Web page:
At every point along the border where there is hardship, there is also resilience, and strength, and a willingness to fight to not just survive but to thrive.

Today, Border Field State Park looks quite a bit different than it did that day Pat Nixon shook hands across the barbwire. The aircraft landing strips were replaced in 2007 by an 18-foot wall of vertical metal columns. Two years later, a second wall was built on the US side, right behind the first. The area between them became a security zone where the Border Patrol restricts access to just four hours on Saturday and Sunday. The metal columns now extend into the Pacific surf.

Playas de Tijuana, though, on the Mexican side of the wall, is the city's beach suburb.  There the wall is just a sight to see for the hundreds of people who come out to the sand on the weekend.  The seafood restaurants are jammed, and sunbathers set up their umbrellas near the surf.  Occasionally, a curious visitor will walk up and look through the bars into the US.

I don't know what will come next for the borderlands-if Trump will get his way and spend billions to extend the wall across more of the border, if Border Patrol patrols will force migrants to seek out even more inhospitable routes, if a "renegotiated" NAFTA will continue the exploitation of Mexican laborers for US profits-but I will continue to document this land of the living as long as I'm able. 

Tijuana, Baja California - 2017
Juan Manuel Barragan was recently deported from the U.S., where he has a wife and two teenage children in Las Vegas.  He carries the small suitcase with his clothes and belongings into the river channel where he sleeps.

Tijuana, Baja California - 2014
Many deportees have no way to return to their hometowns further south in Mexico, and become homeless.  Some set up a camp in the riverbed of the Tijuana River, in downtown Tijuana, not far from the U.S. Mexico border.  Sometimes camps like this get dispersed by authorities, but eventually people return, having nowhere else to go.

Tijuana, Baja California - 2014
Juan Guerra, a Zapotec deportee, cooks dinner under a bridge next to the Tijuana River, as pedestrians and cars travel above him.

Tijuana, Baja California - 2017
A homeless man walks up the flood channel of the Tijuana River, which runs through the middle of the city toward the Pacific Ocean.  The river eventually crosses the border into the U.S.   People recently deported from the U.S. often live in camps in the river channel.

Maclovio Rojas, Tijuana, Baja California - 1996
At the entrance into Maclovio Rojas community a sign declares that it is a civil organization and union of small landholders, affiliated with CIOAC.  In the 1970s CIOAC was organized by the Mexican Communist Party (PCM) and other leftwing activists to help small farmers and the rural poor to defend their rights to land.  By 1996 the PCM no longer existed, but in Baja California its activists maintained a local CIOAC organizaion to help migrant workers organize, settle and build homes.

Mexicali Valley, Baja California - 1996
Honorina Ruiz, 6 years old, ties bunches of green onions together in a field just south of the U.S. border, farmed by Muranaka Farms, a U.S. grower.  Her mother Esperanza Ruiz and her brothers Rigoberto, 12, and Juan Antonio, 3, work with her, and they all came from the nearby colonia of Nicolas Bravo.  Honorina sat in front of a pile of green onions.  She grabbed some from the top to make a bunch, lining up eight or nine onions, straightening out their roots and tails.  Then she knocked the dirt off, put a rubber band around them, and added the bunch to those already in the box beside her.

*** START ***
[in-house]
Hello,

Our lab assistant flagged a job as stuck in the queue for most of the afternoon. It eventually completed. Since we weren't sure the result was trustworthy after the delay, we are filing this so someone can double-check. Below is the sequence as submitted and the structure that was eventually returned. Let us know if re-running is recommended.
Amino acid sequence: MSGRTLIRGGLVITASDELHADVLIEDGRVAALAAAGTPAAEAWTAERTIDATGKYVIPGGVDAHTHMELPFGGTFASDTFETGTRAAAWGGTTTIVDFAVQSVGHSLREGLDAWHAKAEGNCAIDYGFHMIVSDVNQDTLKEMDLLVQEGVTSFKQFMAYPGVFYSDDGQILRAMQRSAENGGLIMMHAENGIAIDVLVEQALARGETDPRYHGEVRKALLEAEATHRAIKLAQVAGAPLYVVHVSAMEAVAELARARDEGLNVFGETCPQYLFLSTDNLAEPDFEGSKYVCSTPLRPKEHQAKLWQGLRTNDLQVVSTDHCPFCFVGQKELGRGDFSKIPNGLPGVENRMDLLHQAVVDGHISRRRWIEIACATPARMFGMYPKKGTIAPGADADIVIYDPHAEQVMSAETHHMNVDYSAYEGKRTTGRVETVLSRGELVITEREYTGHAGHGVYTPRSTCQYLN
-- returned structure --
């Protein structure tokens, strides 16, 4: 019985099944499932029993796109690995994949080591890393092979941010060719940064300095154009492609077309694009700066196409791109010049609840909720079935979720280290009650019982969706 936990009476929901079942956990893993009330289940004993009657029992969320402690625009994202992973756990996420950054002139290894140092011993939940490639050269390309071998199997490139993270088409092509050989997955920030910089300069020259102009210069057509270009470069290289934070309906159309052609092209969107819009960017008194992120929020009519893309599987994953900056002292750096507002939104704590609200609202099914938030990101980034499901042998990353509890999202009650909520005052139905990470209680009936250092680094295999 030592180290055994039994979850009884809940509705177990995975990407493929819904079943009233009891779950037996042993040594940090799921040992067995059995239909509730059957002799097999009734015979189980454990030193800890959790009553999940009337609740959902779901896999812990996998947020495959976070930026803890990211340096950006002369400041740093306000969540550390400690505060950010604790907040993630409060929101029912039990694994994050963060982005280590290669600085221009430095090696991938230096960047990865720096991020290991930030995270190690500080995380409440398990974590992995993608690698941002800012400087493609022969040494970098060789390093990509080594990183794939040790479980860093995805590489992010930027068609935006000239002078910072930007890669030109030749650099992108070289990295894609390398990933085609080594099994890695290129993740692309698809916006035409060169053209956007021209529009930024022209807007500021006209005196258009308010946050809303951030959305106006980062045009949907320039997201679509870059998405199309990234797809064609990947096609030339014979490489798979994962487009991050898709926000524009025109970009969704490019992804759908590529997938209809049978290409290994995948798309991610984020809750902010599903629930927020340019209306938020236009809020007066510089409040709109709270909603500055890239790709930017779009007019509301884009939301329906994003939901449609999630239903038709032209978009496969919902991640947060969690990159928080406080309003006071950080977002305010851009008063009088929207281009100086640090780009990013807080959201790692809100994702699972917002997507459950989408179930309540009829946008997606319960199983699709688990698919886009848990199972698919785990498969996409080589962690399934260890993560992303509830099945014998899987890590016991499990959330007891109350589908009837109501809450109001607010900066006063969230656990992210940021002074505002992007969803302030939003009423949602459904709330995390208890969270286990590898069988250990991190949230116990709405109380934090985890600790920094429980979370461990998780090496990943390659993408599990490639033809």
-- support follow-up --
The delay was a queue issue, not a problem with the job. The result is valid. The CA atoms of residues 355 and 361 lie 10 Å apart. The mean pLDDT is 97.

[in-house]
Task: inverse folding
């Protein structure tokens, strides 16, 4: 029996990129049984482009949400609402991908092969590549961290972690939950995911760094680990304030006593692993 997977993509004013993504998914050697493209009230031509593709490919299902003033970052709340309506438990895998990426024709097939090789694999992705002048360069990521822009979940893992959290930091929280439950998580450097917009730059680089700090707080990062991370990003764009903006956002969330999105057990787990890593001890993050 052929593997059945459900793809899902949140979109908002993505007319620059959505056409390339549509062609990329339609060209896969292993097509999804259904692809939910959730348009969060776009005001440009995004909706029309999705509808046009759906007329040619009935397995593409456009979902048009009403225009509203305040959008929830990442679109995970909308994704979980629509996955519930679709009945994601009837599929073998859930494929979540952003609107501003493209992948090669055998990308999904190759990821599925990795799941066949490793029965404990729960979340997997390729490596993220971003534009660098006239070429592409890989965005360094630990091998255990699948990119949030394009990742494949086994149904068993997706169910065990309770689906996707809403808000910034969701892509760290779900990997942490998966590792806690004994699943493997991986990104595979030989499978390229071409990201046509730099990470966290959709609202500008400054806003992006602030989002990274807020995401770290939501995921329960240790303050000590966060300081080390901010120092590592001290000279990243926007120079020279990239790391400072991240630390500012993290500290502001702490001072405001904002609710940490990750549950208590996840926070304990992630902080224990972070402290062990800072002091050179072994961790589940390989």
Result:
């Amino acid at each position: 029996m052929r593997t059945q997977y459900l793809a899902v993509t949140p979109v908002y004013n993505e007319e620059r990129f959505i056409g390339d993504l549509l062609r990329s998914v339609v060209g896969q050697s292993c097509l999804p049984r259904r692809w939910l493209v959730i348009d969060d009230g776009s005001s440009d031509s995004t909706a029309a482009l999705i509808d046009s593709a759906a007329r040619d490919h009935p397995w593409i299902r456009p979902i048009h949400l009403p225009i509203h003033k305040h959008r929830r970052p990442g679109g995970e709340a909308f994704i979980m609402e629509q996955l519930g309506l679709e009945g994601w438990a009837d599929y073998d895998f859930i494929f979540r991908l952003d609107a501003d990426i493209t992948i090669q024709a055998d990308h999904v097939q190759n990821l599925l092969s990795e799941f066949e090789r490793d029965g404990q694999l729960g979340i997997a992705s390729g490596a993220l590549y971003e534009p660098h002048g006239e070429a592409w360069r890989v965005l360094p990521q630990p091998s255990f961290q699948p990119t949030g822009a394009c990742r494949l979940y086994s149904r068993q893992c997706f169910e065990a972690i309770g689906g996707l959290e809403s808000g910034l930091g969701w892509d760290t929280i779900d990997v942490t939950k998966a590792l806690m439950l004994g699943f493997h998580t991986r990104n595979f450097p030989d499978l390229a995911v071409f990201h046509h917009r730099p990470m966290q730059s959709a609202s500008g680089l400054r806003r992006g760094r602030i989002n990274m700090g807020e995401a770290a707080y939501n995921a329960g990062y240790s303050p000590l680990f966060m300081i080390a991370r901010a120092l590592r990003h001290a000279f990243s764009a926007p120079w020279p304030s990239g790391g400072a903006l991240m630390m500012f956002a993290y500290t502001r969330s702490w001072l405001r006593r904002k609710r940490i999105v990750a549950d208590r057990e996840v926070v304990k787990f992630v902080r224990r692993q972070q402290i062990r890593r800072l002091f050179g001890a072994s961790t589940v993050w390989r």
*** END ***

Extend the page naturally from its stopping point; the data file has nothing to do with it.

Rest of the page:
Mexicali Valley, Baja California - 1996
Young mothers have no child care, so they bring their children to work with them.

Mexicali Valley, Baja California - 1996
Mari, her mother and sister in their house, which unlike many others in their barrio, has a concrete floor.

Nuevo San Juan Copala, Baja California - 2015
Striking farm workers in the San Quintin Valley in Baja California demonstrate their support for their independent association, The Alianza, as leaders try to negotiate wage increases with the government.  The workers are almost all indigenous Mixtec and Triqui migrants from Oaxaca, in southern Mexico.  Indigenous women and men wait to hear the results.

San Quintin, Baja California - 2015
A boy goes in to work in a field of strawberries with his father, after the end of the 2015 strike.  Wages were still so low that families depended on those earned by children and teenagers to survive.

Tijuana, Baja California - 2015
A bus filled with striking farm workers from the San Quintin Valley of Baja California on the way to the U.S./Mexico border to protest.  Their sign in the window says:  "Wage Raise!"

Mexicali, Baja California - 2010
The Hotel Migrante is an old, abandoned hotel next to the border in Mexicali.  It used to be called the Hotel Centenario, and had a sports bar on the ground floor.  Viviana "Chiques" Cervantes lived at the hotel for several months - otherwise she would have been sleeping in the street.  The sign on the wall warns migrants "Don't Visit Arizona" because of the state's anti-immigrant laws.

Mexicali, Baja California - 2010
A deportee tries to sleep after being deported the previous night.  The Border Patrol puts many people across the border in the hours just after midnight, when no stores or restaurants are open, or taxis or other services available to provide shelter, food or transport.  Volunteers from the Hotel Migrante meet them at the gate on the Mexican side, and take them back to a room where they can sleep.